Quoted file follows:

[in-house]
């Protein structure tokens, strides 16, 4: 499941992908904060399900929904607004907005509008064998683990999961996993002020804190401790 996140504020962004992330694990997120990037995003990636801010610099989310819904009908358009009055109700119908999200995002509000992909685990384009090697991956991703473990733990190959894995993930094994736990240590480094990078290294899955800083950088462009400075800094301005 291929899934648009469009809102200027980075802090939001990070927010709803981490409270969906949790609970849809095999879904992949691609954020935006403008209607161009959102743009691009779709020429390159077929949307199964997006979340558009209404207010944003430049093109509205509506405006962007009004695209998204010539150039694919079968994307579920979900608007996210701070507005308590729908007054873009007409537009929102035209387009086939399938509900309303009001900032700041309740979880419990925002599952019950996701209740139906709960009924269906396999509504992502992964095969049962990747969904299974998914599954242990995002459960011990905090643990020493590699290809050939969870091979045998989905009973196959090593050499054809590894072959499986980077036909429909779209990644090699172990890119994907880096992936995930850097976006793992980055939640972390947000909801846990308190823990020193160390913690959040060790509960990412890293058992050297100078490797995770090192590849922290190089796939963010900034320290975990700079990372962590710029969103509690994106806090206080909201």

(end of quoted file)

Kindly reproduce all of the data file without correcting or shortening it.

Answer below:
[in-house]
């Protein structure tokens, strides 16, 4: 499941992908904060399900929904607004907005509008064998683990999961996993002020804190401790 996140504020962004992330694990997120990037995003990636801010610099989310819904009908358009009055109700119908999200995002509000992909685990384009090697991956991703473990733990190959894995993930094994736990240590480094990078290294899955800083950088462009400075800094301005 291929899934648009469009809102200027980075802090939001990070927010709803981490409270969906949790609970849809095999879904992949691609954020935006403008209607161009959102743009691009779709020429390159077929949307199964997006979340558009209404207010944003430049093109509205509506405006962007009004695209998204010539150039694919079968994307579920979900608007996210701070507005308590729908007054873009007409537009929102035209387009086939399938509900309303009001900032700041309740979880419990925002599952019950996701209740139906709960009924269906396999509504992502992964095969049962990747969904299974998914599954242990995002459960011990905090643990020493590699290809050939969870091979045998989905009973196959090593050499054809590894072959499986980077036909429909779209990644090699172990890119994907880096992936995930850097976006793992980055939640972390947000909801846990308190823990020193160390913690959040060790509960990412890293058992050297100078490797995770090192590849922290190089796939963010900034320290975990700079990372962590710029969103509690994106806090206080909201």